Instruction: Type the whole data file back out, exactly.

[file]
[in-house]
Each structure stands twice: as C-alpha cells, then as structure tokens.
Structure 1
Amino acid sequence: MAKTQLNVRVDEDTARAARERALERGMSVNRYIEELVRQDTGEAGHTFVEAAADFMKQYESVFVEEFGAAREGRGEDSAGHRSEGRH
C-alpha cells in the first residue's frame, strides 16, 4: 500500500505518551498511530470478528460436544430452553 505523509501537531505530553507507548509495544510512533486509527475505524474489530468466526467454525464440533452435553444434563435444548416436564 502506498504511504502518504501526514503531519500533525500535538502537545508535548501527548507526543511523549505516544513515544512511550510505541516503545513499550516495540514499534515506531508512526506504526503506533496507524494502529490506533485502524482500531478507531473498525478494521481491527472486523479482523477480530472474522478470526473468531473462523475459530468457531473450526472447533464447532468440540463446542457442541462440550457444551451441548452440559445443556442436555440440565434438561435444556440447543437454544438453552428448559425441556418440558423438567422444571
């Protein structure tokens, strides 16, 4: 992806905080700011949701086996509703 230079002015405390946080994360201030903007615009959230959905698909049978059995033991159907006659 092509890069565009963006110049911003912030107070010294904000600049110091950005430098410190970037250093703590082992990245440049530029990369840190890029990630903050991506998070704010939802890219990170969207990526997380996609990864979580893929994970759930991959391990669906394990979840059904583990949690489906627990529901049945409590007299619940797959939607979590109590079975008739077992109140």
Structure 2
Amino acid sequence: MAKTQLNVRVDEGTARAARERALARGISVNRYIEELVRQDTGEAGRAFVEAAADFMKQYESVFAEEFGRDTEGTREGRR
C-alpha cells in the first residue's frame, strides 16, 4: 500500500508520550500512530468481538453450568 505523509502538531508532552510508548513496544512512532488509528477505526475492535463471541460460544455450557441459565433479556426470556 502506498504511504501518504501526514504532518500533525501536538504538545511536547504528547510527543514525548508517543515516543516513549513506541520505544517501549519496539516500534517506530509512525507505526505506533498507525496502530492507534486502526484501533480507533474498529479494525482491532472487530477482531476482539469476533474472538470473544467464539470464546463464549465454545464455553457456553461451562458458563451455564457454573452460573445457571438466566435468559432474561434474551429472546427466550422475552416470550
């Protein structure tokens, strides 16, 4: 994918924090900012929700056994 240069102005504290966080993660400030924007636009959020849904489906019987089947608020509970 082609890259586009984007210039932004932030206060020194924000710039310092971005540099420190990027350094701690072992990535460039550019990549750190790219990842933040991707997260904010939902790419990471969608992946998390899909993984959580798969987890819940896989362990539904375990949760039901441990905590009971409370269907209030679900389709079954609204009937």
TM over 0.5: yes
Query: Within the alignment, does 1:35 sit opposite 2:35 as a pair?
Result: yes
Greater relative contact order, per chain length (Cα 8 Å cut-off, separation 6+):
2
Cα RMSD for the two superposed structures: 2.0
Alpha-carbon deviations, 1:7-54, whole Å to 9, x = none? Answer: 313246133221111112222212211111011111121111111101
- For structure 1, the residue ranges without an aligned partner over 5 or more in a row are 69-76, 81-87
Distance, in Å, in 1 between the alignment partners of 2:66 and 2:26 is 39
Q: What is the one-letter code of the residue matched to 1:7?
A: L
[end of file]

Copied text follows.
[in-house]
Each structure stands twice: as C-alpha cells, then as structure tokens.
Structure 1
Amino acid sequence: MAKTQLNVRVDEDTARAARERALERGMSVNRYIEELVRQDTGEAGHTFVEAAADFMKQYESVFVEEFGAAREGRGEDSAGHRSEGRH
C-alpha cells in the first residue's frame, strides 16, 4: 500500500505518551498511530470478528460436544430452553 505523509501537531505530553507507548509495544510512533486509527475505524474489530468466526467454525464440533452435553444434563435444548416436564 502506498504511504502518504501526514503531519500533525500535538502537545508535548501527548507526543511523549505516544513515544512511550510505541516503545513499550516495540514499534515506531508512526506504526503506533496507524494502529490506533485502524482500531478507531473498525478494521481491527472486523479482523477480530472474522478470526473468531473462523475459530468457531473450526472447533464447532468440540463446542457442541462440550457444551451441548452440559445443556442436555440440565434438561435444556440447543437454544438453552428448559425441556418440558423438567422444571
């Protein structure tokens, strides 16, 4: 992806905080700011949701086996509703 230079002015405390946080994360201030903007615009959230959905698909049978059995033991159907006659 092509890069565009963006110049911003912030107070010294904000600049110091950005430098410190970037250093703590082992990245440049530029990369840190890029990630903050991506998070704010939802890219990170969207990526997380996609990864979580893929994970759930991959391990669906394990979840059904583990949690489906627990529901049945409590007299619940797959939607979590109590079975008739077992109140």
Structure 2
Amino acid sequence: MAKTQLNVRVDEGTARAARERALARGISVNRYIEELVRQDTGEAGRAFVEAAADFMKQYESVFAEEFGRDTEGTREGRR
C-alpha cells in the first residue's frame, strides 16, 4: 500500500508520550500512530468481538453450568 505523509502538531508532552510508548513496544512512532488509528477505526475492535463471541460460544455450557441459565433479556426470556 502506498504511504501518504501526514504532518500533525501536538504538545511536547504528547510527543514525548508517543515516543516513549513506541520505544517501549519496539516500534517506530509512525507505526505506533498507525496502530492507534486502526484501533480507533474498529479494525482491532472487530477482531476482539469476533474472538470473544467464539470464546463464549465454545464455553457456553461451562458458563451455564457454573452460573445457571438466566435468559432474561434474551429472546427466550422475552416470550
């Protein structure tokens, strides 16, 4: 994918924090900012929700056994 240069102005504290966080993660400030924007636009959020849904489906019987089947608020509970 082609890259586009984007210039932004932030206060020194924000710039310092971005540099420190990027350094701690072992990535460039550019990549750190790219990842933040991707997260904010939902790419990471969608992946998390899909993984959580798969987890819940896989362990539904375990949760039901441990905590009971409370269907209030679900389709079954609204009937």
TM over 0.5: yes
Query: Within the alignment, does 1:35 sit opposite 2:35 as a pair?
Result: yes
Greater relative contact order, per chain length (Cα 8 Å cut-off, separation 6+):
2
Cα RMSD for the two superposed structures: 2.0
Alpha-carbon deviations, 1:7-54, whole Å to 9, x = none? Answer: 313246133221111112222212211111011111121111111101
- For structure 1, the residue ranges without an aligned partner over 5 or more in a row are 69-76, 81-87
Distance, in Å, in 1 between the alignment partners of 2:66 and 2:26 is 39
Q: What is the one-letter code of the residue matched to 1:7?
A: L